On 6 June 1803 a massive fire destroyed the prison, the church and the dependencies of Jesuits, a dozen houses and the Château Vaudreuil. Two speculators bought the Château's gardens, offered one-third to the city, and divided the rest into seven lots of their own. The city's oldest monument, Nelson's Column, was erected in 1809 on the land given to the city. This space became the new market square, called Marché Neuf (New Market) before assuming its present name of Place Jacques-Cartier in 1845. The space occupied by the church of the Jesuits became the Place Vauquelin, and Montreal City Hall arose from the old Jesuit gardens in 1873.
In 1812 a fire destroyed the Mansion House, a luxurious hotel popular with the Beaver Club and which had housed the first public library in Montreal (with over 7,000 volumes). It was replaced by the British-American Hotel, with the city's first permanent theatre (the Royal Theatre built by John Molson, which was visited by Charles Dickens). The hotel burned in 1833, and was rebuilt in 1845 at the Bonsecours Market. In 1849, a riot caused a fire with political consequences when, protesting against a law, a Tory crowd burned down the Parliament building in the old Marché Saint-Anne on Place d'Youville. Ironically, the site of the Parliament fire housed Montreal's first fire station in 1903; the building still exists as the Centre d’histoire de Montréal.
Colonial authorities decided upon the first radical transformation of the area in 1804, with the destruction of the fortifications surrounding the heart of Montreal. Completed in 1815, this enlarged the perimeter of Old Montreal and improved access to suburban communities. Confinement in a fortified and very dense area prone to fires caused the gradual departure of the richer merchants to what would become known as the Golden Square Mile, where they built spacious estates.
The 19th century witnessed the emergence of a bourgeoisie of mostly Scottish merchants. The growing activity of the port changed the urban landscape. Old Montreal became less residential, as the rich Scottish and English merchants built extravagant homes closer to Mont Royal in what would become the Golden Square Mile. Anglophone influence became the dominating force in the areas of banking, manufacturing, commerce, and finance. St. James Street became the financial centre of Montreal, with large banks such as the Bank of Montreal and the Royal Bank, insurance companies and the stock exchange.
Most of the financial buildings on St. James Street were designed by anglophone architects. The same is true for institutional buildings such as the Old Court House (John Ostell), the Customs House (John Ostell), the Bonsecours Market and even the Notre-Dame Basilica (whose façade is the work of an Irish Protestant from New York, James O'Donnell). The only notable exception is the Montreal City Hall, which was inspired by the Hotel de Ville de Rennes. The character of the Victorian style of the late-19th-century buildings was a significant change from the stone masonry used during French era, and affected the appearance of Old Montreal.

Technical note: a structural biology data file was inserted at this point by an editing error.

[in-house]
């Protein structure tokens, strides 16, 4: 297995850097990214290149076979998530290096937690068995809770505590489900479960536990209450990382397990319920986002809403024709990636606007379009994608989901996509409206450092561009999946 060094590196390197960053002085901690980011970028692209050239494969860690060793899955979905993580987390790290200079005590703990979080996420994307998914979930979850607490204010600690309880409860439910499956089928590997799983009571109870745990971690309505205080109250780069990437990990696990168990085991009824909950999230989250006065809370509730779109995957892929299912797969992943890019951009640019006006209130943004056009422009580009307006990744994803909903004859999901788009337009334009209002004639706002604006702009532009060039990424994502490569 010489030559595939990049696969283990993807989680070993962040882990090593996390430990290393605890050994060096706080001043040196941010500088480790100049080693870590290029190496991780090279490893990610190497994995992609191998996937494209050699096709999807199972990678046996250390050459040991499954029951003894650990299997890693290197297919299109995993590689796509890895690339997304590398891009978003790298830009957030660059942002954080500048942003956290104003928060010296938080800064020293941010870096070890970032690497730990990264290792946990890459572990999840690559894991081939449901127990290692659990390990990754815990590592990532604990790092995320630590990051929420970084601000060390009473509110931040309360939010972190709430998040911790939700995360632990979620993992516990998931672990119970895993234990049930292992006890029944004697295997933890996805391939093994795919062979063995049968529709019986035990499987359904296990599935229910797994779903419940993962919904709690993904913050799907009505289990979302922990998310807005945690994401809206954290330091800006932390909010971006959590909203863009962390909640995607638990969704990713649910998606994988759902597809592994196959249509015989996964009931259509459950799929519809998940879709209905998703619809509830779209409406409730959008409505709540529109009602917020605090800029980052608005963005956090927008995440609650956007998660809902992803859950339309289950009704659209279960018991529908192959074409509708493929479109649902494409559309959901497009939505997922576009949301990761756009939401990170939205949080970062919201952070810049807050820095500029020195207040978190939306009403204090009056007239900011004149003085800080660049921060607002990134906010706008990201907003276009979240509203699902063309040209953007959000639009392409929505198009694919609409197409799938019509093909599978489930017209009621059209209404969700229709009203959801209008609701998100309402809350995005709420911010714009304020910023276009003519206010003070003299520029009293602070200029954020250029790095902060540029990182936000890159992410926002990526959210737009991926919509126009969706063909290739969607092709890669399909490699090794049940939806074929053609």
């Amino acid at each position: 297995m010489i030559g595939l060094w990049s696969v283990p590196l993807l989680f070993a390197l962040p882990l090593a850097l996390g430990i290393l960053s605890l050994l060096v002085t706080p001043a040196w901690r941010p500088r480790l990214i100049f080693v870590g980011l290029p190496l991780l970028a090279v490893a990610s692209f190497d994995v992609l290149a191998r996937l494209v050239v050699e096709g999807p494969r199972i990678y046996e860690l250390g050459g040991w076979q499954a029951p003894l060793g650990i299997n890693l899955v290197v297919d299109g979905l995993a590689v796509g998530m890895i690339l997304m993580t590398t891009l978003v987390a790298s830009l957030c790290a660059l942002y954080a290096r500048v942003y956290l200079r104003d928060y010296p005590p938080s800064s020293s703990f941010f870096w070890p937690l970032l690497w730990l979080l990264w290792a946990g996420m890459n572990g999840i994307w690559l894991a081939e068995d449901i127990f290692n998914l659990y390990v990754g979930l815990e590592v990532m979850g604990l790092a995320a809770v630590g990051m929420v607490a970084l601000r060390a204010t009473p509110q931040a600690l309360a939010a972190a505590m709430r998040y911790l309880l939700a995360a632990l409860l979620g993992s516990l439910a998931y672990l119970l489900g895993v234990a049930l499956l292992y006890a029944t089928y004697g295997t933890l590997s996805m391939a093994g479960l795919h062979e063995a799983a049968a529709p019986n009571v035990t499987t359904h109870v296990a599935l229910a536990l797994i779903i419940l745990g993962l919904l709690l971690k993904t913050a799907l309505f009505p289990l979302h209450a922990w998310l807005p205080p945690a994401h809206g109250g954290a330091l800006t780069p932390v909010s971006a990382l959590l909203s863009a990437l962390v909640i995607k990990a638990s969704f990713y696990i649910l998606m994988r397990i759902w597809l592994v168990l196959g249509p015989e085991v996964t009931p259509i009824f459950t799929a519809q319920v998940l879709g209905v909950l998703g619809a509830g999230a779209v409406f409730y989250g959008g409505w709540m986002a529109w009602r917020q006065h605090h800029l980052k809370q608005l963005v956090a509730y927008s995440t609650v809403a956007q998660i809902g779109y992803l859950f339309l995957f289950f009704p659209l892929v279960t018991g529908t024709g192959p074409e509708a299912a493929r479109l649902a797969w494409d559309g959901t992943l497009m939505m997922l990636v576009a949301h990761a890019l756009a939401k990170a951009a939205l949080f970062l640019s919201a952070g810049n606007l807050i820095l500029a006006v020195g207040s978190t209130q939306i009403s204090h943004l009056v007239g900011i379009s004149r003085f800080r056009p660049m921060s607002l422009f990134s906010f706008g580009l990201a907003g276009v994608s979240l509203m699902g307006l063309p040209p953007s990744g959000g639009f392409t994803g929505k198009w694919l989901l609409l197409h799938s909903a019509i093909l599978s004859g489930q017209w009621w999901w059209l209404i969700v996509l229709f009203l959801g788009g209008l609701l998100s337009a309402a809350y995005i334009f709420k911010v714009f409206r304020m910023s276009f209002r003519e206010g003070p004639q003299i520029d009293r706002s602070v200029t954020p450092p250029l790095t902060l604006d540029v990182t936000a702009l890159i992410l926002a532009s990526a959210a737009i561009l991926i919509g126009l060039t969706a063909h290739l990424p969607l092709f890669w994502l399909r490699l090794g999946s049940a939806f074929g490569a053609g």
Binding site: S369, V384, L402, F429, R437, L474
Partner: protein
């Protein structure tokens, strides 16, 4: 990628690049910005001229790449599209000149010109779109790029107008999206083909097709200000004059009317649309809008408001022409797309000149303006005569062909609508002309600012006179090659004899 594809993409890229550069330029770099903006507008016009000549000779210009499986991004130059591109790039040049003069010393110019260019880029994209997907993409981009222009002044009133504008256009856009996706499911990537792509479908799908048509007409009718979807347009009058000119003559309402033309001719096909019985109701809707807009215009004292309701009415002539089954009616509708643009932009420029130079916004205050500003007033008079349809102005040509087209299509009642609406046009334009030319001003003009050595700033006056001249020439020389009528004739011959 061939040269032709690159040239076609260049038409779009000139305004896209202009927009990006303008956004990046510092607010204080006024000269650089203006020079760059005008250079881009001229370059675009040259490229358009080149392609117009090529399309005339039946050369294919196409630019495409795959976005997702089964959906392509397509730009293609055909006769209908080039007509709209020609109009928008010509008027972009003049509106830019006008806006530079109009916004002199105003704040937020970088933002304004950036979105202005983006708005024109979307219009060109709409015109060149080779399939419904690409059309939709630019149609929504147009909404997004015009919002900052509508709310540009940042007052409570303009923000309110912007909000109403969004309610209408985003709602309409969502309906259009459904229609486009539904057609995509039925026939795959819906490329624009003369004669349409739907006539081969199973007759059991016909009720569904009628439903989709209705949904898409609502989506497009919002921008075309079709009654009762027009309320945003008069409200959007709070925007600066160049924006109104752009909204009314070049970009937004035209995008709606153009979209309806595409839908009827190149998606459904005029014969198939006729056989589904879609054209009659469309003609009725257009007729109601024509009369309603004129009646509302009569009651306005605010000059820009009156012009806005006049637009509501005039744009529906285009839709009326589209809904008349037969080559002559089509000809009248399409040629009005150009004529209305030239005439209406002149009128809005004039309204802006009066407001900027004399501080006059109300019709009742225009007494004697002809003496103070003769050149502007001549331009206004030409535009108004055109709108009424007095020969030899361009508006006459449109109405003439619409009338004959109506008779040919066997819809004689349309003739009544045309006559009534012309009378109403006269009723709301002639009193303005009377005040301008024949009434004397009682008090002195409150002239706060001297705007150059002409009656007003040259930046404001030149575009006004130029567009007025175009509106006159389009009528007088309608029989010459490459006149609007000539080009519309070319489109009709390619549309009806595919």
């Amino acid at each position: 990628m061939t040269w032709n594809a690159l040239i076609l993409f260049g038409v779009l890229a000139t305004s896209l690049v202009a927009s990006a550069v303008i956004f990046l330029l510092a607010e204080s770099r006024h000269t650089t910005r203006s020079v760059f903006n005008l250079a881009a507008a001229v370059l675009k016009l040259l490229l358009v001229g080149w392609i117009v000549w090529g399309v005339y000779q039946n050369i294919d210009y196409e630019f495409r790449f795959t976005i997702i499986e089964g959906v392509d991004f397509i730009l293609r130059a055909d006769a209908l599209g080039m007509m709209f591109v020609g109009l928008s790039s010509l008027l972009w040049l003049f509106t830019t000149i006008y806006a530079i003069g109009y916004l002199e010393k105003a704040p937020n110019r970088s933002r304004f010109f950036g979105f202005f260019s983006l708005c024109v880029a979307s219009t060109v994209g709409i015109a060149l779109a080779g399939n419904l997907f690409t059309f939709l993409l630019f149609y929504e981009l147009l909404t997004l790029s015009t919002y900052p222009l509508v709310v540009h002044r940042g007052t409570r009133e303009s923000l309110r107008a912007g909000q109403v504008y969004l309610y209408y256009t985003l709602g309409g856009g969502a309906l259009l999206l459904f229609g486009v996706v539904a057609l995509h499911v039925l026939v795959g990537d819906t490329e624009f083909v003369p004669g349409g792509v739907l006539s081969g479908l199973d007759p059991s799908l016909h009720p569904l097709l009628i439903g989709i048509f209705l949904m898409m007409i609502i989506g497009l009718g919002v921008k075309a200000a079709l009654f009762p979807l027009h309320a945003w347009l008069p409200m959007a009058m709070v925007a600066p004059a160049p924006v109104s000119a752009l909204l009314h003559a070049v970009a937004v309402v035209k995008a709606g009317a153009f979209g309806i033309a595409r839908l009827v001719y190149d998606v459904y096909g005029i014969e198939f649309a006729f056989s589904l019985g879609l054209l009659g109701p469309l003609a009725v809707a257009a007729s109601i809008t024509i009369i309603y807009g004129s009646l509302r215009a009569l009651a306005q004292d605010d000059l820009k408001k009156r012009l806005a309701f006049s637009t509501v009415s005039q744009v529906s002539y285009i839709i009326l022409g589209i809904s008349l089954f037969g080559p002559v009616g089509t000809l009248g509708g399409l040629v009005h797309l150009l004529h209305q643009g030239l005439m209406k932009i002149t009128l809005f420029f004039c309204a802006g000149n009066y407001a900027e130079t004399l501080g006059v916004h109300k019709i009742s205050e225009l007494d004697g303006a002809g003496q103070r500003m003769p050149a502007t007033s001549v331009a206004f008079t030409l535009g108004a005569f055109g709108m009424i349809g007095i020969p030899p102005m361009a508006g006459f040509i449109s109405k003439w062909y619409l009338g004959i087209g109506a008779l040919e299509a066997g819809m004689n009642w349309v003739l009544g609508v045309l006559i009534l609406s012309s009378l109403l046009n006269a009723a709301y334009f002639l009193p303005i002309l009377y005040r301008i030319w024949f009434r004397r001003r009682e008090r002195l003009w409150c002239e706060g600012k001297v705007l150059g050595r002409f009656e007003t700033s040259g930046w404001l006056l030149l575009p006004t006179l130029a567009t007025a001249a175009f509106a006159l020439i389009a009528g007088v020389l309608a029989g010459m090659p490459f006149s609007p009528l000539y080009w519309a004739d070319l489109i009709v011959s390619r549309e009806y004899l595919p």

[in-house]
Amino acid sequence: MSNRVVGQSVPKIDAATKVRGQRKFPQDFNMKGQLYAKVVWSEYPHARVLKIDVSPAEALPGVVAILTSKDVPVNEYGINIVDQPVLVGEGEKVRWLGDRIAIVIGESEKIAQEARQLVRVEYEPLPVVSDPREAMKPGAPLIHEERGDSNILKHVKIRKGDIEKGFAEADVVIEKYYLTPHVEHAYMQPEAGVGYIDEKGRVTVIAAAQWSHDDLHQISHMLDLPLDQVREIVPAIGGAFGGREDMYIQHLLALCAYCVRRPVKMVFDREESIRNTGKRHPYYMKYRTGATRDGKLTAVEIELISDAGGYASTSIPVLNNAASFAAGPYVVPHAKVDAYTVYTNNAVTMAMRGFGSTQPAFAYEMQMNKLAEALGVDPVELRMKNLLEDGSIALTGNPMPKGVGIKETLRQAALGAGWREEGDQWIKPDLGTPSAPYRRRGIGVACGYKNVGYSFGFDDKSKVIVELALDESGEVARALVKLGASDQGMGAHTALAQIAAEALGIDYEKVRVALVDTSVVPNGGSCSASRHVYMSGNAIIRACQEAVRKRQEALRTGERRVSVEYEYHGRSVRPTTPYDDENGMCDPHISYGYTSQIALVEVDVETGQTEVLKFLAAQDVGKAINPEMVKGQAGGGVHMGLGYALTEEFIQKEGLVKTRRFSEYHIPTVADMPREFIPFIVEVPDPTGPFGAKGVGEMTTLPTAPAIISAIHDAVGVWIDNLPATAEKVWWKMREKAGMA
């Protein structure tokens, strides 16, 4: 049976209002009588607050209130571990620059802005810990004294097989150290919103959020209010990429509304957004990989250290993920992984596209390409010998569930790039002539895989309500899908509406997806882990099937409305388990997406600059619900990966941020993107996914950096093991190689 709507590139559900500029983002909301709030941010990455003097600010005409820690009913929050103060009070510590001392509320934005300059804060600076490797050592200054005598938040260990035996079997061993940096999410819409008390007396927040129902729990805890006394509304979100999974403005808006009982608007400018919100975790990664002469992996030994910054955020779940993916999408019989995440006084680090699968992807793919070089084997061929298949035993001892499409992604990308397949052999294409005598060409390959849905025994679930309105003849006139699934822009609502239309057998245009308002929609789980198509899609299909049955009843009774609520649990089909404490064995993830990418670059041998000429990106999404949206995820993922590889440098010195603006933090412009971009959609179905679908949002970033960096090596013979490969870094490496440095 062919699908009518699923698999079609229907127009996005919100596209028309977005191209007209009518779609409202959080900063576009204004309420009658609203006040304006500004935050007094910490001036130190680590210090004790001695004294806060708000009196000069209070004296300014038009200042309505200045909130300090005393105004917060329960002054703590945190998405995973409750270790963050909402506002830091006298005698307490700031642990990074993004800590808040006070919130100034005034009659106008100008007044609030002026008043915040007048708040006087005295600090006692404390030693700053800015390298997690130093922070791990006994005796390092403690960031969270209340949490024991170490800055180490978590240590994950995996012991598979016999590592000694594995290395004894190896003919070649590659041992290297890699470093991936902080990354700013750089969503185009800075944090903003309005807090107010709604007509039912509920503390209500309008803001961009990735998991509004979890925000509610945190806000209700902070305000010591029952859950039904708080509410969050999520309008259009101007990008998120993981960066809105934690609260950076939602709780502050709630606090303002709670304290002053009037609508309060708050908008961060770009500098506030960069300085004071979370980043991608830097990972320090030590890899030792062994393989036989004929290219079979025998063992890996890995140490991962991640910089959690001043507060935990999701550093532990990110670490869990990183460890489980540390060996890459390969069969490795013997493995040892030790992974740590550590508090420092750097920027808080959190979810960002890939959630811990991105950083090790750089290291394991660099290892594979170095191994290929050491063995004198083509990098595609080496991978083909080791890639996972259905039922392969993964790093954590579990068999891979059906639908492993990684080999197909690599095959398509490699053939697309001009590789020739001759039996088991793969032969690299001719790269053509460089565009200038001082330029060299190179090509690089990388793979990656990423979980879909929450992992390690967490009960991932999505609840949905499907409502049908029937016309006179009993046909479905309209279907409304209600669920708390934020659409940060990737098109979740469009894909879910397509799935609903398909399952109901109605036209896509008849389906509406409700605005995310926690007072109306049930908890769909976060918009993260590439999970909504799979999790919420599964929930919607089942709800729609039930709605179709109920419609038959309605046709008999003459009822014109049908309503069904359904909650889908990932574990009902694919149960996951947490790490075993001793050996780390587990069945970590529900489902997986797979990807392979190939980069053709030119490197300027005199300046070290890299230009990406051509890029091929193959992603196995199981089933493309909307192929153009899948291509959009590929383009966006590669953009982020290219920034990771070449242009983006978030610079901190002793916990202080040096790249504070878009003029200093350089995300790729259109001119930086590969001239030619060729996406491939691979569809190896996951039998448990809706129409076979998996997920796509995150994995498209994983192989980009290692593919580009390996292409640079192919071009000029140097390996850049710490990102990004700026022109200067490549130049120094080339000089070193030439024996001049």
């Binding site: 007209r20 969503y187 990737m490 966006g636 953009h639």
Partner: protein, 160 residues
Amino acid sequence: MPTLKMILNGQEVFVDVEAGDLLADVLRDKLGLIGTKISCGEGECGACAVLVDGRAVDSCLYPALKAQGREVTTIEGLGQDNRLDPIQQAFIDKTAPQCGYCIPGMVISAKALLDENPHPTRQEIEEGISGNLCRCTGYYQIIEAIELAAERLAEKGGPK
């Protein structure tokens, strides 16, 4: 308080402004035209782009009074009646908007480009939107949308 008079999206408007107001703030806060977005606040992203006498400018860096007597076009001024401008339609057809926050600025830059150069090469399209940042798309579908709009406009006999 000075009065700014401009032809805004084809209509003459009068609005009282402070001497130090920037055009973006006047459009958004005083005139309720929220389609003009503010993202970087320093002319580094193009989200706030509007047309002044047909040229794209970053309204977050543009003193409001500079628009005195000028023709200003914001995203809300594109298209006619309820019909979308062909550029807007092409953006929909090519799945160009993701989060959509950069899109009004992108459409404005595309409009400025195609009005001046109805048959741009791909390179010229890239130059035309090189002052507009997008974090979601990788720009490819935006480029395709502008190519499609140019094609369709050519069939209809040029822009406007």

Decline, preservation and renewal
During the early 20th century the momentum of the district continued to grow, evidenced by construction of prestigious buildings such as the Aldred Building (1929–1931), La Sauvegarde Building (1913) or the first Stock Exchange (1903–1904). Port activities, the financial sector, justice and the municipal government helped maintain activity until the Great Depression began in 1929. The relocation of port facilities further east deprived Old Montreal of many companies related to the maritime trade, leaving many abandoned warehouses and commercial buildings. The downtown-area relocation several blocks north and the nearly-complete absence of residents (there were only a few hundred in 1950) had the effect of emptying the district at the close of business. At that time, the lack of nightlife gave the district a reputation for danger at night.
Old Montreal increasingly found itself changing to accommodate the automobile. Several prestigious locations, such as the Place d'Armes, the Place d'Youville and Place Jacques-Cartier, were snarled with traffic in the mid-20th century. For municipal authorities unaware of its potential heritage value, Old Montreal was an anomaly. City planners considered wider streets, which would have meant razing many older buildings. A proposed elevated highway along the river over the rue de la Commune spurred a movement to preserve the district. Dutch-born architect and urban planner Daniel van Ginkel played a major role in saving the district from destruction during the early 1960s. As assistant director of the city of Montreal's newly formed planning department, he persuaded authorities to abandon plans for an expressway that would have cut through the old city. In 1964, most of Old Montreal was classified as an historic district; despite this, the Quebec government razed several 19th-century buildings to build a new courthouse.